POISINED Putin rival Alexei Navalny is out of his coma and is "responsive".
Berlin’s Charite hospital said today the Russian's condition has improved but “long-term consequences of the serious poisoning can still not be ruled out.”
German officials found traces of the nerve agent Novichok in his bloodstream, prompting medics to say the tests showed “proof without doubt” that he had been poisoned.
Witnesses said the politician was heard "screaming in agony" when he fell ill on the flight to Moscow on August 20.
The anti-corruption campaigner, 44, was left fighting for his life in a coma after his tea was allegedly spiked with the toxic substance at Tomsk airport in Siberia.
However, Russian scientist Vladimir Uglev, who claims he invented the radioactive material, said the assassins likely smeared it on his underwear or socks.
At the time, Navalny's press secretary tweeted from the Ambulance: "We assume that Alexei was poisoned with something mixed into the tea.
“It was the only thing that he drank in the morning. Doctors say the toxin was absorbed faster through the hot liquid. Alexey is now unconscious.”
The nerve agent was also used to poison MI6 double agent Sergei Skripal and his daughter Yulia in Salisbury on March 3, 2018.
Navalny was placed in an induced coma after being flown out to Germany for treatment.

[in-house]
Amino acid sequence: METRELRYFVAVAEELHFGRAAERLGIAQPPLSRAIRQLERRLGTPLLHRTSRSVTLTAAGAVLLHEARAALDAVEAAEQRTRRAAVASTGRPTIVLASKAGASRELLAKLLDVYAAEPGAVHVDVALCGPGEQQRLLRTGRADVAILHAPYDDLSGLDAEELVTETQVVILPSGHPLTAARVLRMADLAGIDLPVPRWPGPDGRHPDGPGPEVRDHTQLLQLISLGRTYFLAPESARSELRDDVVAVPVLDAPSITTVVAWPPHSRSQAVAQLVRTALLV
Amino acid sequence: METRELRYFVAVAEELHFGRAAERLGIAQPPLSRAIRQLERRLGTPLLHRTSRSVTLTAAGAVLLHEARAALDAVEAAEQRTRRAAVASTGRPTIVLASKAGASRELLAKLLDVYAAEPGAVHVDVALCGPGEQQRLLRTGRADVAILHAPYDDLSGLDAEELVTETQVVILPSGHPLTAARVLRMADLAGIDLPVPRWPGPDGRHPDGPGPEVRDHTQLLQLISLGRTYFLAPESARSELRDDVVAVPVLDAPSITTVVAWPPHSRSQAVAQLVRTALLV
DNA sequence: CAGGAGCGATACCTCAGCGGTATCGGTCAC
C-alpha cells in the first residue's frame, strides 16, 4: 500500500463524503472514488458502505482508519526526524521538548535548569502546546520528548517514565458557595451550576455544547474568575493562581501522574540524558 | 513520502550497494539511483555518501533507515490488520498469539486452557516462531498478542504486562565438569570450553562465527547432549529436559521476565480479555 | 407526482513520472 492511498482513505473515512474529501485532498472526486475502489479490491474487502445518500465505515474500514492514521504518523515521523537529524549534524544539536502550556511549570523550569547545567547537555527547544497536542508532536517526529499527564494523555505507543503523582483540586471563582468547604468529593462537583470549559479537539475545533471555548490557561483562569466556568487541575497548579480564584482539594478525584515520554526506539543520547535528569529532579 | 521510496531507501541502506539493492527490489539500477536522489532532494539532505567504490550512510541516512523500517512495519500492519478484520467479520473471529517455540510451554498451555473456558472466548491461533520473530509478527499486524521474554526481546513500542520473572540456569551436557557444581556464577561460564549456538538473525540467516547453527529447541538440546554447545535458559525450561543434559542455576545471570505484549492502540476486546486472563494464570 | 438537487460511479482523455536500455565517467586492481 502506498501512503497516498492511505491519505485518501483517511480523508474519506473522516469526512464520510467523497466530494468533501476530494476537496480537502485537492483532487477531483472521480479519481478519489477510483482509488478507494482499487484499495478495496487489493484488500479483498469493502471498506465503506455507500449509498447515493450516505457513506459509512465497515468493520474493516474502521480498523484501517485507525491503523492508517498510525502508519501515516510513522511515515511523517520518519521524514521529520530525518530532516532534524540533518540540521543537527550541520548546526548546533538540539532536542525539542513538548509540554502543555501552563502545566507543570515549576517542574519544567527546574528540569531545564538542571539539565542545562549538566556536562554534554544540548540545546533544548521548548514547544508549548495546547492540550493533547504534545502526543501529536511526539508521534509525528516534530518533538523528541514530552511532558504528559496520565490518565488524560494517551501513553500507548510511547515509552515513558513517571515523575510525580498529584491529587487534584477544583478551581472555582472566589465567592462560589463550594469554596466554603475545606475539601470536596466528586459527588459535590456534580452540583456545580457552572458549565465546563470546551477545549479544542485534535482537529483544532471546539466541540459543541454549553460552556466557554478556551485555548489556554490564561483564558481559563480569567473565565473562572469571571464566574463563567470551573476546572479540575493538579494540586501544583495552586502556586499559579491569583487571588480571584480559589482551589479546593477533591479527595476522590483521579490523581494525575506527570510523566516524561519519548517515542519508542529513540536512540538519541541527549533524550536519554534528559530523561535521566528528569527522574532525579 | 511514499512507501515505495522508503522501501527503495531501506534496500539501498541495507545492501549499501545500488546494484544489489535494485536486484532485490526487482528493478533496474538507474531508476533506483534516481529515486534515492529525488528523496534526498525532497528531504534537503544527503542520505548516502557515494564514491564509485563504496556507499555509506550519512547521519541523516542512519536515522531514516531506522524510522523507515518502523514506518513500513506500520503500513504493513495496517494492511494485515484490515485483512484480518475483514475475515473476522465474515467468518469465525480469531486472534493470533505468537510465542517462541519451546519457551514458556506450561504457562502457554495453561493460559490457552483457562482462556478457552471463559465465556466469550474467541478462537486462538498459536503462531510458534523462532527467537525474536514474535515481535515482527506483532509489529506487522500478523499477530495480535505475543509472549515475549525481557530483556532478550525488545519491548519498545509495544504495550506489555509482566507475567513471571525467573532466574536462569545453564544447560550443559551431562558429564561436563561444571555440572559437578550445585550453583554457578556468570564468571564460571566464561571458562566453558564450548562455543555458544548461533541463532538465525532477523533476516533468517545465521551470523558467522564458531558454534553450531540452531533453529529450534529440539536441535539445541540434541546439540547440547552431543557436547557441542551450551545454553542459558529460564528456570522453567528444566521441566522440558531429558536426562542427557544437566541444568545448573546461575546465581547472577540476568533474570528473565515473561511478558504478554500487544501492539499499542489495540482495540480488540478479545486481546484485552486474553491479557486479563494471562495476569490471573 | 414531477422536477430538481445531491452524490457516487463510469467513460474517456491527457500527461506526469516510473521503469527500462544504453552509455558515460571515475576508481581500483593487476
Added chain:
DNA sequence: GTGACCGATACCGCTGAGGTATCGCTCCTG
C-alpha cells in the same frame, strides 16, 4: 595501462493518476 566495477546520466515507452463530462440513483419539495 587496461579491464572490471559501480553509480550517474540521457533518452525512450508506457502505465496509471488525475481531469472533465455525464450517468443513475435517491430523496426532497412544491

German Chancellor Angela Merkel said the use of Novichok was a clear sign the "dangerous" attack was an attempt to "silence" him.
Angela Merkel's spokesman Steffen Seibert said: "It is a shocking event that Alexei Navalny has become the victim of an attack with a chemical nerve agent in Russia.
"The federal government condemns this attack in the strongest terms."
He added:"[Germany] will discuss an appropriate joint response with the partners in the light of the Russian response."
Foreign Secretary Dominic Raab said he was "deeply concerned" by the use of Novichock and urged the Kremlin to "tell the truth" about what happened to Navalny.
He said: "It is absolutely unacceptable that this banned chemical weapon has been used again, and once more we see violence directed against a leading Russian opposition figure.
“The Russian government has a clear case to answer. It must tell the truth about what happened to Mr Navalny.
"We will work closely with Germany, our allies and international partners to demonstrate that there are consequences for using banned chemical weapons anywhere in the world.”
The fierce critic of the Kremlin and has been described as "the man Vladimir Putin fears most" by the Washington Post.
The activist, lawyer and leader of the Russian opposition Progress Party was hospitalised last year after developing an acute "mystery allergy" a day after mass protests in Moscow.
It came while Navalny was serving a 30-day jail sentence for calling for an unauthorised demonstration.
Some have suggested a political motive for Navalny's poisoning, with the well-known politician seen as a charismatic and potentially dangerous foe of the Kremlin.
He famously described Putin's ruling party, United Russia, as a "party of crooks and thieves" and labelled elections "rigged".
Navalny has faced constant legal attacks and has served a number of jail sentences.
And in 2015 his ally Boris Nemtsov was found murdered – rumoured by many to be linked to the Kremlin.
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